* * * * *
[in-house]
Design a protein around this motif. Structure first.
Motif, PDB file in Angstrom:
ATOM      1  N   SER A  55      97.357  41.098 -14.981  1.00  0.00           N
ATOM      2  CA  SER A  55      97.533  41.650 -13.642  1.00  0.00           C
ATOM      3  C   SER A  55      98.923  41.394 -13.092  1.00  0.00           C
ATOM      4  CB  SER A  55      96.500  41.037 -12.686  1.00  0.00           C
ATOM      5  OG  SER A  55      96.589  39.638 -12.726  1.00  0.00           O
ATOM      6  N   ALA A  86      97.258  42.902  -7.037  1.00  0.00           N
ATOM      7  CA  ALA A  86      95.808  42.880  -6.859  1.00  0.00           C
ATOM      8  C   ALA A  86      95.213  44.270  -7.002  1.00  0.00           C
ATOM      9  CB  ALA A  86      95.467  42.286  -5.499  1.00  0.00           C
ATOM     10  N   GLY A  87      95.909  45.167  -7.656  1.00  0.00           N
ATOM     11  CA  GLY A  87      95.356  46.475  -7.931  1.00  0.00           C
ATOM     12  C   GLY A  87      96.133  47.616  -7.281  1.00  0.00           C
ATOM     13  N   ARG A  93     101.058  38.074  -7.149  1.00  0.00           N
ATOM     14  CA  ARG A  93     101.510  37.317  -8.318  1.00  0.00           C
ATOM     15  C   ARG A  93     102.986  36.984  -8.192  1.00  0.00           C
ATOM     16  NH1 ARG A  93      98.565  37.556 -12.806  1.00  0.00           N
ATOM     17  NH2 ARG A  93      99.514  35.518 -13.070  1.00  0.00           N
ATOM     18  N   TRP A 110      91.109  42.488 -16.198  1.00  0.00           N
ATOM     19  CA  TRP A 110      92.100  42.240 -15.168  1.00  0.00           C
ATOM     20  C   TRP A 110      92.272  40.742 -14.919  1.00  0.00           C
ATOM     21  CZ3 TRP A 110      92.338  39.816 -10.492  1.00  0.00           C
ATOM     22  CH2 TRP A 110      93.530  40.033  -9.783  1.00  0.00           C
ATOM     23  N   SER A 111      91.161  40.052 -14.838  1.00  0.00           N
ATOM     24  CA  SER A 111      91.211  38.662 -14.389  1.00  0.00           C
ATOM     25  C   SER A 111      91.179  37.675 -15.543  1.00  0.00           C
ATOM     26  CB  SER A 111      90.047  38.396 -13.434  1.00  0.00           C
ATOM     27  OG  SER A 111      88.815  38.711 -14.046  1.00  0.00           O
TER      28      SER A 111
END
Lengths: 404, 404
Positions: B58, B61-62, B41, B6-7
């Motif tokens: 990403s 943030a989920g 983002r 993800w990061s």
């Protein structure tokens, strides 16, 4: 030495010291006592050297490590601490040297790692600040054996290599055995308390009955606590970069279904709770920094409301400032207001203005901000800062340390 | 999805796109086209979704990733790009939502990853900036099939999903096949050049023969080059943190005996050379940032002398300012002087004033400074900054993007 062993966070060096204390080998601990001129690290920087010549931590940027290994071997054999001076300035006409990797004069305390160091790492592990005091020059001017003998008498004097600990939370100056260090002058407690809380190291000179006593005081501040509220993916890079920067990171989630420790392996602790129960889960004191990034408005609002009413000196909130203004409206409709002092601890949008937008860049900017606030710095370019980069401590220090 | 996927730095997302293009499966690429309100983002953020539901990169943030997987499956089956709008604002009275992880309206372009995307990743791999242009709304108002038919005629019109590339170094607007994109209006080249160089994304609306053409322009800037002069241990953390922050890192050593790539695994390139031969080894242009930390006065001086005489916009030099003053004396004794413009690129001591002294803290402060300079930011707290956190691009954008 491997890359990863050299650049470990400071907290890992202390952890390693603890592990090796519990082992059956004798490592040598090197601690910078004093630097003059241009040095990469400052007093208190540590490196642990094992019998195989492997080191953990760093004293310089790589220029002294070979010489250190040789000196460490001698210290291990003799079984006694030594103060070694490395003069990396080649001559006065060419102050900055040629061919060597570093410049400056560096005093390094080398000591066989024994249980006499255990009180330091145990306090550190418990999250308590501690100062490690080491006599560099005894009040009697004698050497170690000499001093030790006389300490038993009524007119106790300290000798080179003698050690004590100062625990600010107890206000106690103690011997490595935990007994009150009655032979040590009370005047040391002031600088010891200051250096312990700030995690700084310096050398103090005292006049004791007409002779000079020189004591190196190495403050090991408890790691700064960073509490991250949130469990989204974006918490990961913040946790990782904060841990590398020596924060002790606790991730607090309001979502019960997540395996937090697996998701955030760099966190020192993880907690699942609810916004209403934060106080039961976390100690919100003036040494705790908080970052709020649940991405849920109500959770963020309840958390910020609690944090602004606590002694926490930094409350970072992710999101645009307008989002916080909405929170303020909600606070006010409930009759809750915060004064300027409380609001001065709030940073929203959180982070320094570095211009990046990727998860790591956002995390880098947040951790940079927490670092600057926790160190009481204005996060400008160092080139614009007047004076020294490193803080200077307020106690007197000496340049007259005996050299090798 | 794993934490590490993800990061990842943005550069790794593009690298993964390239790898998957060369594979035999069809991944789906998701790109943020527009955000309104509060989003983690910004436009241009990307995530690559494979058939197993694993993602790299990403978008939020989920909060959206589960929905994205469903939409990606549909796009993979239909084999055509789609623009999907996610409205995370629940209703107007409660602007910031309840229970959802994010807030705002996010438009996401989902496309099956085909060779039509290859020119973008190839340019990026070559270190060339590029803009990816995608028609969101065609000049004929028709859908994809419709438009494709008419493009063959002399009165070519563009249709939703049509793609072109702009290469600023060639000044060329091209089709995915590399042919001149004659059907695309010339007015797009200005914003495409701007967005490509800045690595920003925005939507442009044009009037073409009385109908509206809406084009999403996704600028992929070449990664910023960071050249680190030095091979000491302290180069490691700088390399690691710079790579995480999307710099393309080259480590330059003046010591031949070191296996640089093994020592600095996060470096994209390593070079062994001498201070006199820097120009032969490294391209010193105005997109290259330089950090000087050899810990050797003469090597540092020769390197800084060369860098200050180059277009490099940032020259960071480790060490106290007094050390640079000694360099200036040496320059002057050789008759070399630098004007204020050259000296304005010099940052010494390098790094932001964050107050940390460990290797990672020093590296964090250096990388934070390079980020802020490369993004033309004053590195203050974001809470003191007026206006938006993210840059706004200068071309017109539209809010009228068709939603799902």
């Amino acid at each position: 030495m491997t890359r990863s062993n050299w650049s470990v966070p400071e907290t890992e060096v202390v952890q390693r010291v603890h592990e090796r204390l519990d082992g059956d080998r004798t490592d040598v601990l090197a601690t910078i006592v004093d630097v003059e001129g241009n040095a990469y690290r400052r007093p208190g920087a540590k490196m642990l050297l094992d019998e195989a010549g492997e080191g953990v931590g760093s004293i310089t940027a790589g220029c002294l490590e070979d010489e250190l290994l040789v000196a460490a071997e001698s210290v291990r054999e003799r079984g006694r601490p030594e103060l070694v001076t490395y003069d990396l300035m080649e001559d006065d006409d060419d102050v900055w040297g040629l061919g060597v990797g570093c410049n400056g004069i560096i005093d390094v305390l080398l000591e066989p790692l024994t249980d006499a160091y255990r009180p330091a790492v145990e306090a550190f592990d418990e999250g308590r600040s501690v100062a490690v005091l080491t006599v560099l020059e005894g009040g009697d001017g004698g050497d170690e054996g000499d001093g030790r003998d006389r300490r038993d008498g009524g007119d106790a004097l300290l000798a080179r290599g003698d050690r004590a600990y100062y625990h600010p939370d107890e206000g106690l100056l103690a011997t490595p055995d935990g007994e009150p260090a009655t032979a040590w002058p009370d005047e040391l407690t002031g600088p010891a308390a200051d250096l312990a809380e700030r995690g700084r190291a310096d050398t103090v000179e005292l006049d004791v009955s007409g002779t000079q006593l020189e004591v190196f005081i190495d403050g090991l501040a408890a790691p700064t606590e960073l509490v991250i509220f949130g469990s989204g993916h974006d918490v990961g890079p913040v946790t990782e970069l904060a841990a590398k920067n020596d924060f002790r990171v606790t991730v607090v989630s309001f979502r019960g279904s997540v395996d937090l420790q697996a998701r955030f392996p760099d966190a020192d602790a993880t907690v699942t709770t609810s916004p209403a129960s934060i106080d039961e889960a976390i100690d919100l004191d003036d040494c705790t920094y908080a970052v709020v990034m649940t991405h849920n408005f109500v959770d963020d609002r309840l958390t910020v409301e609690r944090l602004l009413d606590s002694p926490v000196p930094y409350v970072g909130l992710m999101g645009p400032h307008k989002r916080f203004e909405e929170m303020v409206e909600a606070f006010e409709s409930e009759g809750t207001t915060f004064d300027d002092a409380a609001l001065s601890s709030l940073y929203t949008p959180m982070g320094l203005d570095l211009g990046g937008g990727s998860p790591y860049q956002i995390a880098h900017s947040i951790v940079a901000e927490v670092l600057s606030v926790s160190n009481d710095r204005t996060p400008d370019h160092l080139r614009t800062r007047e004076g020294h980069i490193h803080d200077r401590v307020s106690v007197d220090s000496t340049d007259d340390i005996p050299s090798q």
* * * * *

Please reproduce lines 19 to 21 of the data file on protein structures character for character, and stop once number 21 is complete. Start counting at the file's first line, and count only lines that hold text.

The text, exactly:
ATOM     16  NH1 ARG A  93      98.565  37.556 -12.806  1.00  0.00           N
ATOM     17  NH2 ARG A  93      99.514  35.518 -13.070  1.00  0.00           N
ATOM     18  N   TRP A 110      91.109  42.488 -16.198  1.00  0.00           N